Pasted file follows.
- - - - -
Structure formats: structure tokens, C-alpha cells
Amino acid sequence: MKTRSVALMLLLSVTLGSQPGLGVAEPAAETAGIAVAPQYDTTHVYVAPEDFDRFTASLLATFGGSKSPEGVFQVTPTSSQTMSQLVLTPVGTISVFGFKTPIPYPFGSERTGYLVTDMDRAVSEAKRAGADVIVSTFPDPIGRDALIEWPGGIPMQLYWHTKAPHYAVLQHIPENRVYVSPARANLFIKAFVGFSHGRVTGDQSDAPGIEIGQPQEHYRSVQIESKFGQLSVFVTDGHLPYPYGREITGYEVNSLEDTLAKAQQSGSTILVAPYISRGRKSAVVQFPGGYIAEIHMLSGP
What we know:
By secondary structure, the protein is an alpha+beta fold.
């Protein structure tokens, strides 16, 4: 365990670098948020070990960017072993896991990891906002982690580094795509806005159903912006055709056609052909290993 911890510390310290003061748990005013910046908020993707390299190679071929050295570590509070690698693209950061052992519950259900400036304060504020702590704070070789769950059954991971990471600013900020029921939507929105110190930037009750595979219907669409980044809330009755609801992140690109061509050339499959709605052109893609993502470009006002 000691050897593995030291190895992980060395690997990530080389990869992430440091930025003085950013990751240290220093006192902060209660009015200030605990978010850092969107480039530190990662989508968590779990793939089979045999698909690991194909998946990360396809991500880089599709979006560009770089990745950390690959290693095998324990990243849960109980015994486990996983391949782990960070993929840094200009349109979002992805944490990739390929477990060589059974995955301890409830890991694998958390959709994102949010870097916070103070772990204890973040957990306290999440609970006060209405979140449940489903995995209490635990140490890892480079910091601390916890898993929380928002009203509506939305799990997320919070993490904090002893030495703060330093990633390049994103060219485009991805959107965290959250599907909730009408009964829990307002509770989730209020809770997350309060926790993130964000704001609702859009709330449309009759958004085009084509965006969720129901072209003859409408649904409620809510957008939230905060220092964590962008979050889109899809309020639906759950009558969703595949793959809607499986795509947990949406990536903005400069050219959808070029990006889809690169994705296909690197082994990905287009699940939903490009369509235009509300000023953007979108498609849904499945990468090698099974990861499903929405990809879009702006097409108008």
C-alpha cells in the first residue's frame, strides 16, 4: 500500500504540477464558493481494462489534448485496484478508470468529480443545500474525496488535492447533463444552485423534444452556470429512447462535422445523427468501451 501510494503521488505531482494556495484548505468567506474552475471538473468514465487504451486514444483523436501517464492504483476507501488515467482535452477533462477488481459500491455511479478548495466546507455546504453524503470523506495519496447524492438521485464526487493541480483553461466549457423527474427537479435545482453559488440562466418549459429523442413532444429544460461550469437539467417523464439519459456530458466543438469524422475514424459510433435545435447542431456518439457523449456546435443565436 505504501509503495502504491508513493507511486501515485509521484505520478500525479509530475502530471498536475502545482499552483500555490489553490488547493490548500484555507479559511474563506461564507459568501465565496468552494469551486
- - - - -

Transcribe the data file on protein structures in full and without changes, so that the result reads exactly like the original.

Structure formats: structure tokens, C-alpha cells
Amino acid sequence: MKTRSVALMLLLSVTLGSQPGLGVAEPAAETAGIAVAPQYDTTHVYVAPEDFDRFTASLLATFGGSKSPEGVFQVTPTSSQTMSQLVLTPVGTISVFGFKTPIPYPFGSERTGYLVTDMDRAVSEAKRAGADVIVSTFPDPIGRDALIEWPGGIPMQLYWHTKAPHYAVLQHIPENRVYVSPARANLFIKAFVGFSHGRVTGDQSDAPGIEIGQPQEHYRSVQIESKFGQLSVFVTDGHLPYPYGREITGYEVNSLEDTLAKAQQSGSTILVAPYISRGRKSAVVQFPGGYIAEIHMLSGP
What we know:
By secondary structure, the protein is an alpha+beta fold.
């Protein structure tokens, strides 16, 4: 365990670098948020070990960017072993896991990891906002982690580094795509806005159903912006055709056609052909290993 911890510390310290003061748990005013910046908020993707390299190679071929050295570590509070690698693209950061052992519950259900400036304060504020702590704070070789769950059954991971990471600013900020029921939507929105110190930037009750595979219907669409980044809330009755609801992140690109061509050339499959709605052109893609993502470009006002 000691050897593995030291190895992980060395690997990530080389990869992430440091930025003085950013990751240290220093006192902060209660009015200030605990978010850092969107480039530190990662989508968590779990793939089979045999698909690991194909998946990360396809991500880089599709979006560009770089990745950390690959290693095998324990990243849960109980015994486990996983391949782990960070993929840094200009349109979002992805944490990739390929477990060589059974995955301890409830890991694998958390959709994102949010870097916070103070772990204890973040957990306290999440609970006060209405979140449940489903995995209490635990140490890892480079910091601390916890898993929380928002009203509506939305799990997320919070993490904090002893030495703060330093990633390049994103060219485009991805959107965290959250599907909730009408009964829990307002509770989730209020809770997350309060926790993130964000704001609702859009709330449309009759958004085009084509965006969720129901072209003859409408649904409620809510957008939230905060220092964590962008979050889109899809309020639906759950009558969703595949793959809607499986795509947990949406990536903005400069050219959808070029990006889809690169994705296909690197082994990905287009699940939903490009369509235009509300000023953007979108498609849904499945990468090698099974990861499903929405990809879009702006097409108008």
C-alpha cells in the first residue's frame, strides 16, 4: 500500500504540477464558493481494462489534448485496484478508470468529480443545500474525496488535492447533463444552485423534444452556470429512447462535422445523427468501451 501510494503521488505531482494556495484548505468567506474552475471538473468514465487504451486514444483523436501517464492504483476507501488515467482535452477533462477488481459500491455511479478548495466546507455546504453524503470523506495519496447524492438521485464526487493541480483553461466549457423527474427537479435545482453559488440562466418549459429523442413532444429544460461550469437539467417523464439519459456530458466543438469524422475514424459510433435545435447542431456518439457523449456546435443565436 505504501509503495502504491508513493507511486501515485509521484505520478500525479509530475502530471498536475502545482499552483500555490489553490488547493490548500484555507479559511474563506461564507459568501465565496468552494469551486